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The Green Transition: New Frontiers of Extractivism

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If you have a question about this talk, please contact Dr Stefanie Ullmann.

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The extraction of minerals required for the green or just transition, including in particular for electric vehicles, is supported by an infrastructure of legal norms that support and legitimise the concentration of wealth. This material aspect of (international) law is very much in contrast to the symbolic side of international law that purports to protect vulnerable nature and people. The exploitative and extractive aspect of international law is marked by colonial frontier thinking of expansionism. I use two case studies of ‘old’ and ‘new’ frontiers of extraction to demonstrate the imperial structures at play, namely the DRC and Greenland, which reveal the dynamics of an UnJust Transition.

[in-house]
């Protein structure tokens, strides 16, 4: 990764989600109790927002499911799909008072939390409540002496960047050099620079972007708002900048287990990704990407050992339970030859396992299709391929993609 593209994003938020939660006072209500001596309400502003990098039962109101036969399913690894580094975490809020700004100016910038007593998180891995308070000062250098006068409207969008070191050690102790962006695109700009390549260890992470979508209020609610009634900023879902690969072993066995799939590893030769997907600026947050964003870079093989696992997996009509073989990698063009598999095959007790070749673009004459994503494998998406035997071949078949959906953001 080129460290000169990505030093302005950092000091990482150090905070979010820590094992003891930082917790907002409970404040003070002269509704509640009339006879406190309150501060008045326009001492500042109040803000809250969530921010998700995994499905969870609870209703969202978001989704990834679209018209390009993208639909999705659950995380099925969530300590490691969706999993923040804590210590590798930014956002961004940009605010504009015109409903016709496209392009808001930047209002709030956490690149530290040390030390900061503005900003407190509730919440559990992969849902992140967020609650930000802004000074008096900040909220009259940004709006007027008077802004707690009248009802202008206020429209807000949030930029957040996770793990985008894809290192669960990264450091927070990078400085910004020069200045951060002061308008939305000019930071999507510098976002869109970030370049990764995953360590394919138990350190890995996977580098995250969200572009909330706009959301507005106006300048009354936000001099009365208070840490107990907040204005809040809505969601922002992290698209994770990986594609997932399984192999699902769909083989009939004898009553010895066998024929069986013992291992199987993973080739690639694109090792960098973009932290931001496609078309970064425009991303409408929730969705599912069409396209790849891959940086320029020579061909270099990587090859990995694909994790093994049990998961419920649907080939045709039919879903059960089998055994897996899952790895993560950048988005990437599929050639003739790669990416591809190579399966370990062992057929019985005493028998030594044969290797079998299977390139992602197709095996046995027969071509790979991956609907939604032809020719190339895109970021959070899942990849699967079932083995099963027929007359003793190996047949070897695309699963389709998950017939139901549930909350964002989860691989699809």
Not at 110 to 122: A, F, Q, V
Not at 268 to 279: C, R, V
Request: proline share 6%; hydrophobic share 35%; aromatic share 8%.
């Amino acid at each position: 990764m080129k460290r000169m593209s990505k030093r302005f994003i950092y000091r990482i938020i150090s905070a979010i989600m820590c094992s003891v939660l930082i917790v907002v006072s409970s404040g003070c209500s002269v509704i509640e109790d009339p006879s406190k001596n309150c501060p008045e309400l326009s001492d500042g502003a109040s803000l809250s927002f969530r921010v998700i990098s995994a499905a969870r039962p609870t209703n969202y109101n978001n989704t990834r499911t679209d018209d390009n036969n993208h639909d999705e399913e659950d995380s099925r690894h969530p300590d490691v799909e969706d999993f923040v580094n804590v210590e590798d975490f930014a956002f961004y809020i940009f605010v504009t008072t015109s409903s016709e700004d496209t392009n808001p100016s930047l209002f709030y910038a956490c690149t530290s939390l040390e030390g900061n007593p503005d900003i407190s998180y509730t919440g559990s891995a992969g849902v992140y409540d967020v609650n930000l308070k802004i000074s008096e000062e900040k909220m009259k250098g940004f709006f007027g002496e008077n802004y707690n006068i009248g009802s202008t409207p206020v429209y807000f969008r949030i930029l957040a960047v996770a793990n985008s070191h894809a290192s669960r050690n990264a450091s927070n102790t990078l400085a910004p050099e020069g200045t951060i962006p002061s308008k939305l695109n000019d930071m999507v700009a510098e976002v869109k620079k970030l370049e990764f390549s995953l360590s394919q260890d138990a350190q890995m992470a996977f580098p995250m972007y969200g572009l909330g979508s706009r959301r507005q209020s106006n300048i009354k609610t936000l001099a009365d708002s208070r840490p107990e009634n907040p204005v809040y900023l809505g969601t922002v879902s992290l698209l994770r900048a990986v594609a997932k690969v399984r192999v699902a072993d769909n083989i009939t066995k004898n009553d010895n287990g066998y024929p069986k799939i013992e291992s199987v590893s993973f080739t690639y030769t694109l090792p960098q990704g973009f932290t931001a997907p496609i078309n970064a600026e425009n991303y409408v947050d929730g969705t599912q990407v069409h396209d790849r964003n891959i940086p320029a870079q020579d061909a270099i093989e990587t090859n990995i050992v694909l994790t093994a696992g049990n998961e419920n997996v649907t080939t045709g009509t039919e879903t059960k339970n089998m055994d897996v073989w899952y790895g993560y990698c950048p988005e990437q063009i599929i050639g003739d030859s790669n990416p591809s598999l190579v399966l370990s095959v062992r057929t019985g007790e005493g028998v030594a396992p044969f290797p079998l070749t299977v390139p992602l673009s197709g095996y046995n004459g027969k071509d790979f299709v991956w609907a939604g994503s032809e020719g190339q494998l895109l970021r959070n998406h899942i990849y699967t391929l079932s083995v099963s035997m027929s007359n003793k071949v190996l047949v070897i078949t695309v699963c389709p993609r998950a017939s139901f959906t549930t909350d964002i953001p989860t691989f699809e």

About the speaker: Professor Christine Schwöbel-Patel is co-Director of the Centre for Critical Legal Studies at Warwick Law School. She is the author of two monographs Marketing Global Justice (CUP 2021) and Global Constitutionalism in International Legal Perspective (Brill 2011) and editor of Critical Approaches to International Criminal Law: An Introduction (Routledge 2014). Christine’s current research projects focus on the themes of aesthetics and international justice, imperial rentier capitalism in the green transition, and trials of rupture. Rosa Luxemburg’s work and influence runs like a red line through her research and pedagogy. Christine has won two competitive stipendiary fellowships for her work on the international law of the green transition: An Alexander von Humboldt Fellowship for Experienced Researchers (2022-2023) and a Leverhulme Research Fellowship (2023-2024). She is currently a visiting research at the Centre for Research in the Arts, Social Sciences and Humanities.

This talk is part of the Darwin College Humanities and Social Sciences Seminars series.

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